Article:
Perry

 

Thanks!
Perry

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Right or Left

Yes, everyone needs to learn that Right and Left directions are always as you are sitting in the drivers seat facing forward.

 Another way to think of which way to steer: If you want the rear of the trailer to go left, turn the bottom of the steering wheel left.

Back slowly, and as the trailer goes into the turn - quickly return the steering wheel back to center, to maintain the turn, or beyond to straighten out.   This applies to a tow behind trailer. 5th Wheels have the hitch ball directly over or slightly ahead of your truck's rear axle. The geometry is different, so you need to practice in a wide open space untill you figure it out.

I like to approach my driveway, or the campsite, so it is on my left. That way I can see where I'm going without help. Pull ahead far enough so the rear of the trailer is past the driveway. Give yourself as much room as possible. But stay to the left of the street, so your front bumper doesn't bump anything as you make the backwards turn.  If there are trees, or other obstuctions around the campsite, get out and reconnoiter the situation yourself. Instruct your other half where to stand so you can see him/her.  After 40 years of practice you will both get it right.

Joe Z
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Hope this is of some help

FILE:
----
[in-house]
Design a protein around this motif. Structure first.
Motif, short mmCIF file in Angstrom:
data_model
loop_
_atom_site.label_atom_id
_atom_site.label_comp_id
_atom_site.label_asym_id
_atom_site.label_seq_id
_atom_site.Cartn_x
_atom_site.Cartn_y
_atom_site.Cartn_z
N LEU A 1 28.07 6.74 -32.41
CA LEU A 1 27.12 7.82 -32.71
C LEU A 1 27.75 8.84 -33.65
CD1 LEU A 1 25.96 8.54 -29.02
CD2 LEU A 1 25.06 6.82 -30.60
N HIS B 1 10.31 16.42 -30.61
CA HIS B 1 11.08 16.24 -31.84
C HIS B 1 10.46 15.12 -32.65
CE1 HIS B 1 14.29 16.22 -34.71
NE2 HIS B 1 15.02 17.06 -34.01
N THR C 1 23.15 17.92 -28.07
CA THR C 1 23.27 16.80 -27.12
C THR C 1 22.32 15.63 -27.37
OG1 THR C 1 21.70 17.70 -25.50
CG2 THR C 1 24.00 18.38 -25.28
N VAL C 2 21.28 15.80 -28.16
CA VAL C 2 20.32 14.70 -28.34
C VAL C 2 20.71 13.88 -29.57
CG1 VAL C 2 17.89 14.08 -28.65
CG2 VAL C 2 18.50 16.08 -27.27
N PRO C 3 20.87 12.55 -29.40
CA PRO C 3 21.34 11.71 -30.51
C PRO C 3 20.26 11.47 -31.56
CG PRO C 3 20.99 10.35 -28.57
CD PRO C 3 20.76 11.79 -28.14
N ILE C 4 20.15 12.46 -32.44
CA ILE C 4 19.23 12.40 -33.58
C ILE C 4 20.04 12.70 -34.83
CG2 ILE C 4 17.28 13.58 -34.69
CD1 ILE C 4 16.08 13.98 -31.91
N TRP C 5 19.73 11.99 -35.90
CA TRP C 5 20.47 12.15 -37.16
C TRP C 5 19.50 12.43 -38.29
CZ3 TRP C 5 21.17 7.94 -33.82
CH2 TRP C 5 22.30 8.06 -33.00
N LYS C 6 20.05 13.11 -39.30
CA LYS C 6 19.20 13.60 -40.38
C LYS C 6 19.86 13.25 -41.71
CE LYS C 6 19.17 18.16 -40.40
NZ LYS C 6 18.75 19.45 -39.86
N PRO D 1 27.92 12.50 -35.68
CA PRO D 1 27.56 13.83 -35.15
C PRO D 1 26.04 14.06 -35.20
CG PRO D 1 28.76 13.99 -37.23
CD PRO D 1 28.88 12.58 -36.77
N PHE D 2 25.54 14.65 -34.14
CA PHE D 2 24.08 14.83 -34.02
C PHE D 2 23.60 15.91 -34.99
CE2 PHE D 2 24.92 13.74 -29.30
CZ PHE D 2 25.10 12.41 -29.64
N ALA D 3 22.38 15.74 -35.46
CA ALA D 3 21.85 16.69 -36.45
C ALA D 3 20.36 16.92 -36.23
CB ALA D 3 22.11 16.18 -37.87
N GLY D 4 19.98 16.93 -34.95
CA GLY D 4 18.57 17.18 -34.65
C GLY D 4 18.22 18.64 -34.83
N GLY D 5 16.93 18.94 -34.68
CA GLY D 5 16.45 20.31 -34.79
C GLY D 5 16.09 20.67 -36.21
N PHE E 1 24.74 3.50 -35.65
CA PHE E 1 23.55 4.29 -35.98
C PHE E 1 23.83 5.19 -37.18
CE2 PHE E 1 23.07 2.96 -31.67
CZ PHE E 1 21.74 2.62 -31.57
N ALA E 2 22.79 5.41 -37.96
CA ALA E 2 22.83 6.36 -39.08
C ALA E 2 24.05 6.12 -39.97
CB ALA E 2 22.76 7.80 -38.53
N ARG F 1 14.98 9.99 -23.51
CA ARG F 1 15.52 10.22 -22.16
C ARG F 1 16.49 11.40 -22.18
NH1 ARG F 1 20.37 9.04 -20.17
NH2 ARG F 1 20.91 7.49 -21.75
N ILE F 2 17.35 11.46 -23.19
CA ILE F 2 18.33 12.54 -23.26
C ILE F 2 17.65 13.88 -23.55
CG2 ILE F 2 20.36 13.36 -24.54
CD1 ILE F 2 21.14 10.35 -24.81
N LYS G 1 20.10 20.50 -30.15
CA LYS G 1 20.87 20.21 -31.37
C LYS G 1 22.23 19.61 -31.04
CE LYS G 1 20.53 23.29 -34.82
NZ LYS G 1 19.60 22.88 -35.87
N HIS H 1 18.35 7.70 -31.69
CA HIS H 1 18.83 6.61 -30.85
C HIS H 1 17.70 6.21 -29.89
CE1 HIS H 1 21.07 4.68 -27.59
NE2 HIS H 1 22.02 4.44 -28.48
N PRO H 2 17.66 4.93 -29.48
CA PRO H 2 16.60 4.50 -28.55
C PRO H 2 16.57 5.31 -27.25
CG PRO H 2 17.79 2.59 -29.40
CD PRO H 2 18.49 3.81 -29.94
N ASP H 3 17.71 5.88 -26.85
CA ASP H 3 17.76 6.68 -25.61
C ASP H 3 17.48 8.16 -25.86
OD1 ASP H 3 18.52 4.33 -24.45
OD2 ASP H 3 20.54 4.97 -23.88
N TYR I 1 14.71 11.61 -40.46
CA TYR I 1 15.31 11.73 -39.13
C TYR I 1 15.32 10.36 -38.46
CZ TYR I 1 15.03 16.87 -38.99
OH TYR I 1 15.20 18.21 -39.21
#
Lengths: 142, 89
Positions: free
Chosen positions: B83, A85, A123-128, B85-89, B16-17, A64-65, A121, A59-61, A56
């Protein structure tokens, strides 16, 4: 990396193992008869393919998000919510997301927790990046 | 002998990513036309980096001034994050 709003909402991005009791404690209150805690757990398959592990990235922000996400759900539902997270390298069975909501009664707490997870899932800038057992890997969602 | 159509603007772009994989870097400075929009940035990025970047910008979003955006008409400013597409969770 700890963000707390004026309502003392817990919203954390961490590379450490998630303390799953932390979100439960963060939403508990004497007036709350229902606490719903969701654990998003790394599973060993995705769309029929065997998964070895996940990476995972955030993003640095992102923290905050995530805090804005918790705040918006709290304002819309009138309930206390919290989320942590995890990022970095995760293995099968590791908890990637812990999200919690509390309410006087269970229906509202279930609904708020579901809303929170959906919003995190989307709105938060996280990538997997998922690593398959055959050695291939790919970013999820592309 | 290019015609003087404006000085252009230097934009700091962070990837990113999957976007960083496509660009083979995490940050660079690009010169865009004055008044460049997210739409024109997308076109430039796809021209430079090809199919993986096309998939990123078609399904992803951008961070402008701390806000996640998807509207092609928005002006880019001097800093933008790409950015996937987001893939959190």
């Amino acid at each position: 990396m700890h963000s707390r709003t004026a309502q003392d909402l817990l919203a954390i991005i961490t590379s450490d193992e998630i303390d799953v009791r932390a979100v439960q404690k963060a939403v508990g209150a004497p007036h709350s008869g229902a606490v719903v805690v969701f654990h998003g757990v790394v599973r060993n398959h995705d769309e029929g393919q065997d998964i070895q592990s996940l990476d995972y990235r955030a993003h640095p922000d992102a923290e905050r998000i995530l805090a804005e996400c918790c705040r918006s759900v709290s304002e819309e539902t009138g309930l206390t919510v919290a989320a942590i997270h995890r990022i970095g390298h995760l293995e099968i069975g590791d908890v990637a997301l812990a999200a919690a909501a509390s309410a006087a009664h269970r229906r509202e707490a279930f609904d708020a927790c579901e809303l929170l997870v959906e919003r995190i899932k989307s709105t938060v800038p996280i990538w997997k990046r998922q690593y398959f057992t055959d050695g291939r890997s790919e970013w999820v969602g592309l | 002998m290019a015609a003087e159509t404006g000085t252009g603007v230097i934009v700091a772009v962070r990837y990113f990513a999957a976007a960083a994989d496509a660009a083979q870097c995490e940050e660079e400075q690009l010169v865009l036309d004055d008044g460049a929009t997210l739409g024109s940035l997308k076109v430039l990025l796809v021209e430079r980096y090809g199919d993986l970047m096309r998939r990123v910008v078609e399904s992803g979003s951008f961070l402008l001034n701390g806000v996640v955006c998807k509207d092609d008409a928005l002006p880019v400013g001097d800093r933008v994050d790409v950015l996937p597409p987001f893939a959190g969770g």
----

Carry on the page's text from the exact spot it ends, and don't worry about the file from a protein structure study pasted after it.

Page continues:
Having driven semi's for thirty years i take it for granted but like Greg said go to an open parking lot where there are no poles and "Practice". One of the biggest tips i can give you is to back in on"The Drivers side" because you can look out the drivers window where the trailer tires are. Backing in on the passenger side (blind side) is much more difficult without experience.

    If you want the rear of the trailer to go to the left while looking in the drivers mirror start off with your hand at 12 o clock on the wheel and turn it to the left and start to "Jack It"...now you can only go so far like that and then you must turn the wheel the opposite direction "Follow Thru" (your tow vehicle does an "S" maneuver)...... pull forward a little bit to correct any mistakes and re-try (I can but I rarely get it the first shot).

You can also practice going straight back by just looking in your mirrors without turning around and with your hand at 12 o clock backup real slow and turn the wheel ever so slight whatever direction you want the rear of the trailer to go.

Probably sounds a bit confusing but it's really easy..

When the guy that bought my last trailer had absolutely no experience i took him to an empty lot and within a half hour of backing in on the drivers side he did get the feel for it.

Hope some of this helps and if you are anywhere near New river Arizona i'd give you a hands on Lesson or two

Joe

Joe & Linda
New River, Arizona 

2013 Casita SD 17'